My husband was checking out the underneath of our car one day a couple of years ago. Don't ask me why. Men make up excuses for why they need to see the underneath of a car. This is one of the mysteries of life.
So, for whatever reason, there he was, peering at some imaginary problem, when he decided he'd seen enough and that it was time to get up. That doesn't sound like an unreasonably bad decision, but apparently, the universe thought that he hadn't spent enough time looking under the car so a ligament tore in his pelvic region and sent him back to the ground a little faster than he would've liked. In fact, he dropped like a boulder.
Now that he had the universe's blessing and all the time in the world to look under the car, he couldn't do anything but lie there in agony wondering how in the world he was going to get up and walk to the house.
I studied his dilemma and concluded that there was no way I was going to be able to help him up. Fortunately, we have two offspring who were bigger than both of us and they were able to move his body from the ground to a sofa.
Over the past two years, because of the area the ligament was in, the tear would heal, then rip again, heal again, then rip again, many times. Each time he reinjured it, the healing time would take longer and longer.
We used to take walks in the evening and hikes on the weekend, but now we forgo any activity that might put a strain on that torn ligament.
Because we are pretty creative people and the situation is getting worse, not better, we have begun to think of some Plan B's.
We thought maybe a walking stick or a cane would help take the pressure off that leg. Since the TV show "House" had recently made canes cool, my husband thought it wouldn't compromise his manhood too much to use one, but he had conditions.
The cane had to be useful for more than just walking in order to make him want to accessorize with it. He wanted what amounted to a Swiss Army cane. One which, at a touch of a secret button, he could make anything from a toothpick to a machete pop out of his cane at any time. Some other useful cane tools might include a sword, a hacksaw, a fire poker, hedge trimmers and possibly a screw off cap that contained a dose of "medicinal" whiskey.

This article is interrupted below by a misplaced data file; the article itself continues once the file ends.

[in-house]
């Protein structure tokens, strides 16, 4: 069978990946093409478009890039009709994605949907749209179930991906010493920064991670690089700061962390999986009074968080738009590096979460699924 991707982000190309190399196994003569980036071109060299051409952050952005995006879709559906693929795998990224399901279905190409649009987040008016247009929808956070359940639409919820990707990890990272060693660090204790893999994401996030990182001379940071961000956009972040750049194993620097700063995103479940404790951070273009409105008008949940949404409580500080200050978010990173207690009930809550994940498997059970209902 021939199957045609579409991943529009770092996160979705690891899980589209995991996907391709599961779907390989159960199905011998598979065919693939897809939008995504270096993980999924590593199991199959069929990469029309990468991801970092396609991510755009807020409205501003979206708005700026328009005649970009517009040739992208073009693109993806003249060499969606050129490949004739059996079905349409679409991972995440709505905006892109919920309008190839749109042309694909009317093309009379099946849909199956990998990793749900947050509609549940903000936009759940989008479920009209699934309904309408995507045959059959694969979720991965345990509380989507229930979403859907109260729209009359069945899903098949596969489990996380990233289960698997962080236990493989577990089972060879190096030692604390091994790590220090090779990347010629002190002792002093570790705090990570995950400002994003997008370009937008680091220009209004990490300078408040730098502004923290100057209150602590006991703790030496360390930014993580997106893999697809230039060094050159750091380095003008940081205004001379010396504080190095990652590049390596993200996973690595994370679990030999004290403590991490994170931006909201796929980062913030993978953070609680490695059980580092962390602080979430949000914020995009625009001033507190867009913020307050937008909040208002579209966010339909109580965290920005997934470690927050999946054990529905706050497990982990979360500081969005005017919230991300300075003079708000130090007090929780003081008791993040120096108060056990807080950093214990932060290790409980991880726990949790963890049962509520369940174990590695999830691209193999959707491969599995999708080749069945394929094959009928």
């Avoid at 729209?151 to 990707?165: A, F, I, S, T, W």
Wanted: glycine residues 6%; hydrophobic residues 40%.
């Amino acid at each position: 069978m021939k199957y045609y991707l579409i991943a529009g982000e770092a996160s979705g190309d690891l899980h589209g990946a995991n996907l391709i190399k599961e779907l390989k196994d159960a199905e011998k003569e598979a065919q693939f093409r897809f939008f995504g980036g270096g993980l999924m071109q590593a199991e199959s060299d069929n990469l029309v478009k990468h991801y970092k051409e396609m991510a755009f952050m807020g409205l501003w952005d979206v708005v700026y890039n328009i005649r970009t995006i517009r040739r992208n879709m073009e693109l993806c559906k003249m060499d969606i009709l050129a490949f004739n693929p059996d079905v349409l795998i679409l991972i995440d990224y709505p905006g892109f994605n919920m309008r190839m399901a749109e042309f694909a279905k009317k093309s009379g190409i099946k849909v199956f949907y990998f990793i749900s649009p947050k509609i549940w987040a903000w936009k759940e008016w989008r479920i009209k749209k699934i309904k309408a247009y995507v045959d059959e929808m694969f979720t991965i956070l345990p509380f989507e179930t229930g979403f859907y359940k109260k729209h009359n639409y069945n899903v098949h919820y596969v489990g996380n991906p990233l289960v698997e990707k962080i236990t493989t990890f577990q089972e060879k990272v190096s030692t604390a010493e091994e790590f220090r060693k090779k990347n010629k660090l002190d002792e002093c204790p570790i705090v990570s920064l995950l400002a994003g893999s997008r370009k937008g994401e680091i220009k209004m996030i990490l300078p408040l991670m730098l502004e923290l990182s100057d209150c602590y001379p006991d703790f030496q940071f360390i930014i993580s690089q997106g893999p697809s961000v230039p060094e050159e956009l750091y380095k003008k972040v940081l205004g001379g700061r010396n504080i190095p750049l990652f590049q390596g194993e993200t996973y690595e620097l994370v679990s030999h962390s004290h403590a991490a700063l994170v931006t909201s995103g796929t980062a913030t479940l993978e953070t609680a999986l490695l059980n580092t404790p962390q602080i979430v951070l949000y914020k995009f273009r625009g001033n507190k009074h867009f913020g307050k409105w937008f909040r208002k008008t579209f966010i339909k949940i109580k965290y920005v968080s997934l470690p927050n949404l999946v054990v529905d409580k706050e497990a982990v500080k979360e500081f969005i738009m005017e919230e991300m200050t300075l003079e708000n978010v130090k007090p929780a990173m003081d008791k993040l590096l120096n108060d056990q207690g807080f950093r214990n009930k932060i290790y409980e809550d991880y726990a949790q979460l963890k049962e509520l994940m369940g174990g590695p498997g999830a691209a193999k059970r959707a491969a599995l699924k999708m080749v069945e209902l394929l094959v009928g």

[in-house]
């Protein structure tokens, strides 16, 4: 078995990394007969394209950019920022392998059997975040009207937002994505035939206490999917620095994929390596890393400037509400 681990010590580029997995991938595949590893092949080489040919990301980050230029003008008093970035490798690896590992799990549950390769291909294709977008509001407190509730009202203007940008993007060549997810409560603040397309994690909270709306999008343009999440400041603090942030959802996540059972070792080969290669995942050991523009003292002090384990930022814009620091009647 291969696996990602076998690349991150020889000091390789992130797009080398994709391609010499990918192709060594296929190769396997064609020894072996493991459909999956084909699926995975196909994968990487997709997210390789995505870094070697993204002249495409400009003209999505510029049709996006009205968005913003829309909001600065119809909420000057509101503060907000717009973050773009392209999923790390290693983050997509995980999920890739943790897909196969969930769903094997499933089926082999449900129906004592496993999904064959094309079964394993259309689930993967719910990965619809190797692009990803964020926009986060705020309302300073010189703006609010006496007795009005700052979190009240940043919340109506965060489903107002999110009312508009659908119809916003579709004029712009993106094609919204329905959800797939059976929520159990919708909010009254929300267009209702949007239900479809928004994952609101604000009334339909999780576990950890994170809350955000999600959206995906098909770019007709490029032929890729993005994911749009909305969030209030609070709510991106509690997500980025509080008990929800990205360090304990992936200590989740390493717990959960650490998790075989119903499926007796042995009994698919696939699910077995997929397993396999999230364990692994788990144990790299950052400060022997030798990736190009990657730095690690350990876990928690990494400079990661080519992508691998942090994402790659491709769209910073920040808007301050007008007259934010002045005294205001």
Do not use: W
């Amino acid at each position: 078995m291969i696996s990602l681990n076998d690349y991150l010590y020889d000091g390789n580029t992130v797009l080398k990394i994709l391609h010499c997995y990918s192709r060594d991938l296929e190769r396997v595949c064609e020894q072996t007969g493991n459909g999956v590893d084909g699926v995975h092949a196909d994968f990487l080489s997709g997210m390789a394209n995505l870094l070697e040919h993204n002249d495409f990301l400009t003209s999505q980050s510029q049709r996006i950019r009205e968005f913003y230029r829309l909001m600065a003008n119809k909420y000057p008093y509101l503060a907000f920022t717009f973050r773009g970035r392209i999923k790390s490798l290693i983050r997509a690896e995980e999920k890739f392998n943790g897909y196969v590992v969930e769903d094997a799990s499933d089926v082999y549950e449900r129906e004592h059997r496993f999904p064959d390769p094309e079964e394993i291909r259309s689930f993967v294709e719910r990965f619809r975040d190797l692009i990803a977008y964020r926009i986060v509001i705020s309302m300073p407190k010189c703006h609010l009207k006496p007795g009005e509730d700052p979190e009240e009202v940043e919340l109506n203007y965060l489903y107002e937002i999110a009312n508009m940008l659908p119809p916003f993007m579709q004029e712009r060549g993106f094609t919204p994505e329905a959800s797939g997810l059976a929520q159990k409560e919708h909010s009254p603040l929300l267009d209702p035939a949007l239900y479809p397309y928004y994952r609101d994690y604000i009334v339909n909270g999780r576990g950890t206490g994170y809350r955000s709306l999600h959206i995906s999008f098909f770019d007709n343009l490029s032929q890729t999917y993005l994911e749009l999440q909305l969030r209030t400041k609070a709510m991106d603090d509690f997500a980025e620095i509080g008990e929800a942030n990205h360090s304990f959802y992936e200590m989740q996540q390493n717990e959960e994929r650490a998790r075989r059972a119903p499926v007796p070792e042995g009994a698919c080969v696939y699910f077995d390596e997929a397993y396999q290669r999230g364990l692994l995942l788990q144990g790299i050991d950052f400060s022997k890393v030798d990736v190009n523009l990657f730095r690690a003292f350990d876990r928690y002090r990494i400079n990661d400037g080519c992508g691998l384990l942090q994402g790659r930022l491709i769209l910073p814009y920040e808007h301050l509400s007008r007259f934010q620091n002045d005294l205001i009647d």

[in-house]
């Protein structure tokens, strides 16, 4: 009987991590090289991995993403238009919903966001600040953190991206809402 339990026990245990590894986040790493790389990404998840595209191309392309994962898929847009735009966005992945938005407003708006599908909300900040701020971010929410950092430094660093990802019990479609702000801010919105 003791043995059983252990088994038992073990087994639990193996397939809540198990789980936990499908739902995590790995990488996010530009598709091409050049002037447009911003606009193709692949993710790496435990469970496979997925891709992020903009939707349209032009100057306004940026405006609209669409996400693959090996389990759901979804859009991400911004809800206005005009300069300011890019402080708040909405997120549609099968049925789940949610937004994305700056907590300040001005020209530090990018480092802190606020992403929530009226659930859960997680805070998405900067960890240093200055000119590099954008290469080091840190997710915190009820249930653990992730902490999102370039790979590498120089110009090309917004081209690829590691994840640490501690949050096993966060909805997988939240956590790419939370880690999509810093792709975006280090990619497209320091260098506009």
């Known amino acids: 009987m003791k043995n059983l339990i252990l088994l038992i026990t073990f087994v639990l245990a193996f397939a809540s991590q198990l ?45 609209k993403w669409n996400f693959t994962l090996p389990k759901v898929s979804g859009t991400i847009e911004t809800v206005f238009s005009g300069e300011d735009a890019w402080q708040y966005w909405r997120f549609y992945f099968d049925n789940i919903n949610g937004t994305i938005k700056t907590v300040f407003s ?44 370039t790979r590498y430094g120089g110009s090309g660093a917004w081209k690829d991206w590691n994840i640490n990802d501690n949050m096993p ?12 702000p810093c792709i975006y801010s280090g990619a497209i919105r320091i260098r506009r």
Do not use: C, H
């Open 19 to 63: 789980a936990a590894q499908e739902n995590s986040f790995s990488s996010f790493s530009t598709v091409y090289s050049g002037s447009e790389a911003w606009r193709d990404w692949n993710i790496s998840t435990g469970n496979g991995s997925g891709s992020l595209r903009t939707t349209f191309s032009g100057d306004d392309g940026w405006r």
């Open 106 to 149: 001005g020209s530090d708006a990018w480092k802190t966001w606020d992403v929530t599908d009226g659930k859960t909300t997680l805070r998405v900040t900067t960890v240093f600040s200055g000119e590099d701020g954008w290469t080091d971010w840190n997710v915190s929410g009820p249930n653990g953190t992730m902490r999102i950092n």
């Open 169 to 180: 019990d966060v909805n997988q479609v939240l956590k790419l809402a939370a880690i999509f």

His physical therapist gave him stretching exercises to do and a friend asked him if he knows Yoga. Being a Star Wars fan, my husband misinterpreted and said he didn't know Yoda and he didn't need to. He only needed to know Jack Daniels and Jim Beam. But, he conceded, the Force might be a handy thing to have.
Becoming an alcoholic would not help the situation, I know. So if he ever gets his Swiss Army cane, I will be replacing his "medicinal" whiskey with grape Koolaid.
I had a brainstorm that might help us resume our evening walks. Brainstorms for me, however, are more like dust storms, only smaller. I thought maybe we could get him a pair of roller skates and I could simply pull him around with me.
He refused, though. He doesn't want me to pull him around and, he reasoned, there is no practical way to attach jet engines to a pair of roller skates. Jet engines are too big.
Maybe it's time for Plan C.
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